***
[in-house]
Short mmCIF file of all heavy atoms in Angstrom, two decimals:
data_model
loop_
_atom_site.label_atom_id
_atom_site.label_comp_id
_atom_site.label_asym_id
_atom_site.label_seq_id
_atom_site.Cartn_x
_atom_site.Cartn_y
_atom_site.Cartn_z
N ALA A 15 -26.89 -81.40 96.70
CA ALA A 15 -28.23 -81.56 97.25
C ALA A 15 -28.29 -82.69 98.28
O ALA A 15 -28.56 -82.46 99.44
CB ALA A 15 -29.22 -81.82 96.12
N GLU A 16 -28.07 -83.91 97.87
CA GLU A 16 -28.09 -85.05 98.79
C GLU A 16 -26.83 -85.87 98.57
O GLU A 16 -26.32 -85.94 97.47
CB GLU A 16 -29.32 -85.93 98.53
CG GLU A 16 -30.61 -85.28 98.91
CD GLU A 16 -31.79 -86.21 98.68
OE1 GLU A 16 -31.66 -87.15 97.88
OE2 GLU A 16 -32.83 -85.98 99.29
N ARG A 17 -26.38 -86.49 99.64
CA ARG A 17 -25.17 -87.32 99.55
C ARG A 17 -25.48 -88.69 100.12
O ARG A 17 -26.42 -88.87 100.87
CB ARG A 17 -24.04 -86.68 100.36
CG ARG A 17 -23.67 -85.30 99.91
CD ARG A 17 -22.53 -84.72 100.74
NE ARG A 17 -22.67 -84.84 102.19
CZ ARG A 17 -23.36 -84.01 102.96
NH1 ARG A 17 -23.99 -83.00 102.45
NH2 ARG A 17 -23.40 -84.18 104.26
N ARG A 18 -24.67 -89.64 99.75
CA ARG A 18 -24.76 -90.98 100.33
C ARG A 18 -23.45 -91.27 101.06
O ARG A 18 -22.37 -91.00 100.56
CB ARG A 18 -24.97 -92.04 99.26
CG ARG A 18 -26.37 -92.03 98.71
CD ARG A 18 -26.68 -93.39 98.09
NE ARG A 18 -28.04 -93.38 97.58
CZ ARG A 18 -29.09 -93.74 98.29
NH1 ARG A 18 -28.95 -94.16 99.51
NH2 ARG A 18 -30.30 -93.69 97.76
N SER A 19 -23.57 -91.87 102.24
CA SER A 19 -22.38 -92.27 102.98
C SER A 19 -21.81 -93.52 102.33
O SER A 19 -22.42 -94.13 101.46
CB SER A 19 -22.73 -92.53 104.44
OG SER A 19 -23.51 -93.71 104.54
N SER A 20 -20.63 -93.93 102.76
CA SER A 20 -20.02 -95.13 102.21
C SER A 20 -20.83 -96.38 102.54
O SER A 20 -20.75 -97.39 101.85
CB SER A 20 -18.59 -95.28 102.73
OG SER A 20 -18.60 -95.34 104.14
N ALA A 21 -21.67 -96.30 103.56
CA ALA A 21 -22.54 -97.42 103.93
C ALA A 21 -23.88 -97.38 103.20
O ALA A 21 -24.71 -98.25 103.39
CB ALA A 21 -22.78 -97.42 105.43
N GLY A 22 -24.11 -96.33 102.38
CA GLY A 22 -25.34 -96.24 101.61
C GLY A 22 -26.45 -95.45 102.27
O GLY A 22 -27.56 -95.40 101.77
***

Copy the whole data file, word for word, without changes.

[in-house]
Short mmCIF file of all heavy atoms in Angstrom, two decimals:
data_model
loop_
_atom_site.label_atom_id
_atom_site.label_comp_id
_atom_site.label_asym_id
_atom_site.label_seq_id
_atom_site.Cartn_x
_atom_site.Cartn_y
_atom_site.Cartn_z
N ALA A 15 -26.89 -81.40 96.70
CA ALA A 15 -28.23 -81.56 97.25
C ALA A 15 -28.29 -82.69 98.28
O ALA A 15 -28.56 -82.46 99.44
CB ALA A 15 -29.22 -81.82 96.12
N GLU A 16 -28.07 -83.91 97.87
CA GLU A 16 -28.09 -85.05 98.79
C GLU A 16 -26.83 -85.87 98.57
O GLU A 16 -26.32 -85.94 97.47
CB GLU A 16 -29.32 -85.93 98.53
CG GLU A 16 -30.61 -85.28 98.91
CD GLU A 16 -31.79 -86.21 98.68
OE1 GLU A 16 -31.66 -87.15 97.88
OE2 GLU A 16 -32.83 -85.98 99.29
N ARG A 17 -26.38 -86.49 99.64
CA ARG A 17 -25.17 -87.32 99.55
C ARG A 17 -25.48 -88.69 100.12
O ARG A 17 -26.42 -88.87 100.87
CB ARG A 17 -24.04 -86.68 100.36
CG ARG A 17 -23.67 -85.30 99.91
CD ARG A 17 -22.53 -84.72 100.74
NE ARG A 17 -22.67 -84.84 102.19
CZ ARG A 17 -23.36 -84.01 102.96
NH1 ARG A 17 -23.99 -83.00 102.45
NH2 ARG A 17 -23.40 -84.18 104.26
N ARG A 18 -24.67 -89.64 99.75
CA ARG A 18 -24.76 -90.98 100.33
C ARG A 18 -23.45 -91.27 101.06
O ARG A 18 -22.37 -91.00 100.56
CB ARG A 18 -24.97 -92.04 99.26
CG ARG A 18 -26.37 -92.03 98.71
CD ARG A 18 -26.68 -93.39 98.09
NE ARG A 18 -28.04 -93.38 97.58
CZ ARG A 18 -29.09 -93.74 98.29
NH1 ARG A 18 -28.95 -94.16 99.51
NH2 ARG A 18 -30.30 -93.69 97.76
N SER A 19 -23.57 -91.87 102.24
CA SER A 19 -22.38 -92.27 102.98
C SER A 19 -21.81 -93.52 102.33
O SER A 19 -22.42 -94.13 101.46
CB SER A 19 -22.73 -92.53 104.44
OG SER A 19 -23.51 -93.71 104.54
N SER A 20 -20.63 -93.93 102.76
CA SER A 20 -20.02 -95.13 102.21
C SER A 20 -20.83 -96.38 102.54
O SER A 20 -20.75 -97.39 101.85
CB SER A 20 -18.59 -95.28 102.73
OG SER A 20 -18.60 -95.34 104.14
N ALA A 21 -21.67 -96.30 103.56
CA ALA A 21 -22.54 -97.42 103.93
C ALA A 21 -23.88 -97.38 103.20
O ALA A 21 -24.71 -98.25 103.39
CB ALA A 21 -22.78 -97.42 105.43
N GLY A 22 -24.11 -96.33 102.38
CA GLY A 22 -25.34 -96.24 101.61
C GLY A 22 -26.45 -95.45 102.27
O GLY A 22 -27.56 -95.40 101.77